You may have heard the term “Stepped-Up Basis”, that many believe is a tax provision that allows beneficiaries of an inheritance to reduce or even avoid taxes when and if they sell inherited property.
If an individual sells property, any gain from the sale of that property is taxable. The tax term “basis” is the value from which any taxable gain is measured. In regard to personal use or investment property, the basis is generally the cost of the property. For business property the term basis is replaced with adjusted basis, which usually means the cost of the property reduced by business deductions attributable to the property.
However, the term inherited basis is used for property received as a beneficiary. Tax law specifies that property received by a beneficiary as a result of an inheritance is the fair market value (FMV) of the property as of the decedent’s date of death. If the property appreciated over time, this means the property’s value will have increased, and the FMV on the date the decedent died will be higher than the decedent’s basis. Thus, the beneficiaries will inherit the property with a basis higher than the decedent’s, so they will have a stepped-up basis.
Example: John has owned a rental property for several years that he purchased for $200,000. Over the years he claimed a depreciation deduction of $24,000 up to the time of his death. Thus, his basis when he passed away was $176,000. At the time of John’s death, the rental had an appraised FMV of $400,000. Bill, John’s only beneficiary, will have a basis of $400,000, and if he immediately sells the rental for $400,000, he would not have a taxable gain. However, had John sold the property for $400,000 just before his death, he would have had a taxable gain of $224,000 ($400,000 – $176,000). (Sales expenses have been disregarded in this example.)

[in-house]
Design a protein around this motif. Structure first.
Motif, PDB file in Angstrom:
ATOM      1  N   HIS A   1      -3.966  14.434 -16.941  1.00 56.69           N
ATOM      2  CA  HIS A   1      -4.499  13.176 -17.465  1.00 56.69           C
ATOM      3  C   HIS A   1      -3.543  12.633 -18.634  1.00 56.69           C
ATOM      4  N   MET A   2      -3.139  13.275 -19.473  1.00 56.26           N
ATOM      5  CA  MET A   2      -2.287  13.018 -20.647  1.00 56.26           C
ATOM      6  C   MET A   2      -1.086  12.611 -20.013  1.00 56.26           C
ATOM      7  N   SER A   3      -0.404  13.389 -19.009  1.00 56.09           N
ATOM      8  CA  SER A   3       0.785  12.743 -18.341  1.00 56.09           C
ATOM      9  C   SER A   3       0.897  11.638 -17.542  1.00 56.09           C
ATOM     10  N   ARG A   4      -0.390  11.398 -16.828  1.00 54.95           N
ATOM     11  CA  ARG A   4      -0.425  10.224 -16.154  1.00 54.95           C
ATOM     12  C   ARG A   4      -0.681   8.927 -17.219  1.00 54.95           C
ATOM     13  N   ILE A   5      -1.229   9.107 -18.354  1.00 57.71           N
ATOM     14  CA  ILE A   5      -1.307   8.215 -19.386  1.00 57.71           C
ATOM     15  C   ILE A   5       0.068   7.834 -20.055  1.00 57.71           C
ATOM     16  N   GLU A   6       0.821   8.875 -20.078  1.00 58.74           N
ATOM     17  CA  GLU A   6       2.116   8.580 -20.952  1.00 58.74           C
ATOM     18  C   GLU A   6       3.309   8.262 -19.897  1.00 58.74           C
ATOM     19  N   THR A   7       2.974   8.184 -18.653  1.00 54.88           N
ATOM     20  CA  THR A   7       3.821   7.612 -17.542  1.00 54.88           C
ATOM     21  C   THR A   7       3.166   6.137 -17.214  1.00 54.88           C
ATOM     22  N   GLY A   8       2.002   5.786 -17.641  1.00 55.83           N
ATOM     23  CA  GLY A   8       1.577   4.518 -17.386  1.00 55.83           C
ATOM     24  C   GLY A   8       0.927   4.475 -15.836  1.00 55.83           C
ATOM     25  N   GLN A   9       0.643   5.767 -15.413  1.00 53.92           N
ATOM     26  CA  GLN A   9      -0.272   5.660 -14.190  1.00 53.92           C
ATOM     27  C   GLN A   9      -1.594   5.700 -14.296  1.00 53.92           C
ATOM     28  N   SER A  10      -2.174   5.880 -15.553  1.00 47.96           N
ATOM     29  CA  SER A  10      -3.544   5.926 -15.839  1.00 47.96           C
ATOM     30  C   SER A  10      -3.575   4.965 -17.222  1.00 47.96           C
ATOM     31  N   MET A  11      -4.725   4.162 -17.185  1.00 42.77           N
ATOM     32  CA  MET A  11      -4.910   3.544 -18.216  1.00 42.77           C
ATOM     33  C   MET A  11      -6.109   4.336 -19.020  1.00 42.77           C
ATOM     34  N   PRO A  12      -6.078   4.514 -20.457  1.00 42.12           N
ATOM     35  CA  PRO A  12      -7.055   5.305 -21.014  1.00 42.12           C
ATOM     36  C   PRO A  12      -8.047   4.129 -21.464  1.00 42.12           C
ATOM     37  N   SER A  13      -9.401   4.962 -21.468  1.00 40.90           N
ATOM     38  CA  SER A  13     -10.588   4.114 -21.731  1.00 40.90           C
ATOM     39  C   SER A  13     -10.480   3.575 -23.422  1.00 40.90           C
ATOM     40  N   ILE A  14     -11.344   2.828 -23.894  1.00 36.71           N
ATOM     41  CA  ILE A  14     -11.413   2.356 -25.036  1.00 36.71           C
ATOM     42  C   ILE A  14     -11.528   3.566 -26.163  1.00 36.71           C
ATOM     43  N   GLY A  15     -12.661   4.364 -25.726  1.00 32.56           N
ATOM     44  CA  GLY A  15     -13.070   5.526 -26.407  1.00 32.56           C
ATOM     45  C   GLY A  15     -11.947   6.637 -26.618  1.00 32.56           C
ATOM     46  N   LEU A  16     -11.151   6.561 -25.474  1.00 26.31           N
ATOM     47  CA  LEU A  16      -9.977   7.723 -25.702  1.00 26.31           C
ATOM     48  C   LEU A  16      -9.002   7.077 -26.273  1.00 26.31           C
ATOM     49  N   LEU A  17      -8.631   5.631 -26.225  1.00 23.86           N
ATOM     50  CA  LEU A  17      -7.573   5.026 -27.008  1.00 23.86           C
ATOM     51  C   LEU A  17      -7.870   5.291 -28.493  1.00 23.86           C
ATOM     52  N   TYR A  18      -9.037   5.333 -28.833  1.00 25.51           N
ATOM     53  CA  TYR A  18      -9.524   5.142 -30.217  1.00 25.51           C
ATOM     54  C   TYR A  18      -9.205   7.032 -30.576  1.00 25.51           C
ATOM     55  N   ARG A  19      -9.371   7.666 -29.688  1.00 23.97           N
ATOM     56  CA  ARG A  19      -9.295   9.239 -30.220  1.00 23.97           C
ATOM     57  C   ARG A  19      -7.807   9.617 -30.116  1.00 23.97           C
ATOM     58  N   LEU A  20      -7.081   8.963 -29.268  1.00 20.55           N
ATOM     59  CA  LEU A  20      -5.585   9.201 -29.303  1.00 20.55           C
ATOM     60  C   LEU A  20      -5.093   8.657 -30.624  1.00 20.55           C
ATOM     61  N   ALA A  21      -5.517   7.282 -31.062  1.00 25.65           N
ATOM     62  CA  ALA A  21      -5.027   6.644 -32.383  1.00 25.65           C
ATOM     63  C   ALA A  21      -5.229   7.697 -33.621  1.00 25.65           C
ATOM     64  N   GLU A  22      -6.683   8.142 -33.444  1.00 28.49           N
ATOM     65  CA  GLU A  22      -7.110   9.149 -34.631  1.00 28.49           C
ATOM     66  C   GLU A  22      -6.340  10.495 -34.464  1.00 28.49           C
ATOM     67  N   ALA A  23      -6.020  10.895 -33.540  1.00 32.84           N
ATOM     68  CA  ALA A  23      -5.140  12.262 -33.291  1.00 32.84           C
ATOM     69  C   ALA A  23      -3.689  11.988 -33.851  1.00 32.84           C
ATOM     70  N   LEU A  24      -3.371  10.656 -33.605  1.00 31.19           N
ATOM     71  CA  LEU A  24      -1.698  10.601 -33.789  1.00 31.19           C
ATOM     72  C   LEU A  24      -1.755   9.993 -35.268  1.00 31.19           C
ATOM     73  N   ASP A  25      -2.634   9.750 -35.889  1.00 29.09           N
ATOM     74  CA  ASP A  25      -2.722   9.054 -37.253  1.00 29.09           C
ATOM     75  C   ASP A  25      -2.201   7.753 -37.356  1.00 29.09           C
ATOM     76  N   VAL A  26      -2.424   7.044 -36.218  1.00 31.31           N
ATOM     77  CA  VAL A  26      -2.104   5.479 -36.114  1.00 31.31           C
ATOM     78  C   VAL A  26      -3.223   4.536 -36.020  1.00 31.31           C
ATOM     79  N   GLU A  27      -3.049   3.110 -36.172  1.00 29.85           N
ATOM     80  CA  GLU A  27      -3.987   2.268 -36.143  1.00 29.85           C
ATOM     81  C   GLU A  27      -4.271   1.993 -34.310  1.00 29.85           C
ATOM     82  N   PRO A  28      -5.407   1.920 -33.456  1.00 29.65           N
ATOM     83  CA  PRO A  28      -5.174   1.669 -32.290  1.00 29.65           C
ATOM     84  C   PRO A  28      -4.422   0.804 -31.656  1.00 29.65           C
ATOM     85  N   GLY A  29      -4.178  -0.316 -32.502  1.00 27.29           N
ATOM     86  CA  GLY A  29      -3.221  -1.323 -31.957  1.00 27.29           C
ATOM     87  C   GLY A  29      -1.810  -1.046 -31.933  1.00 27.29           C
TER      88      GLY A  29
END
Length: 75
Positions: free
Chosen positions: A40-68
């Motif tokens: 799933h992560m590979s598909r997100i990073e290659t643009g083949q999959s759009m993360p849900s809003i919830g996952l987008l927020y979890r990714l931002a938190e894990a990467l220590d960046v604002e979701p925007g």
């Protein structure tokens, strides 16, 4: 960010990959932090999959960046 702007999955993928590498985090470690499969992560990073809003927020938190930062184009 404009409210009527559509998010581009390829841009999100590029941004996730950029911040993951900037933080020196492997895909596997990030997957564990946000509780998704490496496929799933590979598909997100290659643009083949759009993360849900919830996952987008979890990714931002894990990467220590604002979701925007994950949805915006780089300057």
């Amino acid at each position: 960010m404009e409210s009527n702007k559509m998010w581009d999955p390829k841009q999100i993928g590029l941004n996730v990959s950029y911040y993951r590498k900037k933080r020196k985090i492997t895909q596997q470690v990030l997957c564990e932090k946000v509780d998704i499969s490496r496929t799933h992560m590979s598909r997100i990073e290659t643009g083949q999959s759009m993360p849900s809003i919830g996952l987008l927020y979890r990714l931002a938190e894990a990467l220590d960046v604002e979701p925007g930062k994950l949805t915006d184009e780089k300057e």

The example demonstrates the value of a beneficiary receiving a “stepped-up” basis. However, the actual term used in tax law is that the beneficiary receives the FMV at the date of the decedent’s death, so it is not always a stepped-up basis; there could be a step down in basis.
Another tax benefit of an inheritance is that a gain from the sale of inherited property is treated as being held long-term and gets the benefit from the lower long-term capital gain tax rates even though the property is not held by the beneficiary over one year.
Spousal Inheritances – Where spouses jointly own property, a surviving spouse will sometimes only inherit half of the property since they already owned half, and thus only receive a basis adjustment on the inherited portion of a property. However, when a spouse dies in a community property state, the surviving spouse gets to ‘step-up’ the basis in both halves of the property and not just on the one-half of the spouse that died.
Jointly Owned Property – Where two or more individuals own property as joint tenants and the joint tenants inherit a portion of the property from a deceased joint tenant, the beneficiary joint tenants only receive a basis adjustment on the inherited portion of the property.
In the case of inherited business property or rentals, a frequently asked question is what becomes of the accumulated depreciation on the inherited portion of jointly owned property? This is another benefit of inheritances as the accumulated depreciation goes away and the beneficiary, if using the inherited property for business purposes or as a rental, simply restarts the depreciation from scratch on the inherited portion.
Gifting Prior to Death – Another issue is that some individuals choose to gift property prior to death. This is commonly encountered by elderly parents gifting a home or rental to their children. When an individual receives a gift of property, the individual’s basis becomes the same basis as the giver’s basis. Therefore, there is no step-up in basis as previously discussed. So, unless there is some other underlying issue, generally it is not a good idea tax wise to make large gifts of property.
Example: A mom in her 80s gifts her home, which she purchased for $100,000, to her only child Jack while she is still living. The home has a current value of $300,000. For gifts, the gift recipient’s basis becomes the giver’s basis, and in Mom’s case her basis was $100,000 which becomes Jack’s basis. As a result of the gift Jack has a $200,000 built in gain when and if he sells the home. If Jack had inherited his Mom’s home, his basis would have been $300,000 plus any additional appreciation before her death.
As you can see, tax laws can be complicated when it comes to inheritances and gifts. It is generally good practice to pre-plan for inheritances and gifting. To learn more about the special tax benefit for inheritances, contact us to schedule a tax planning appointment.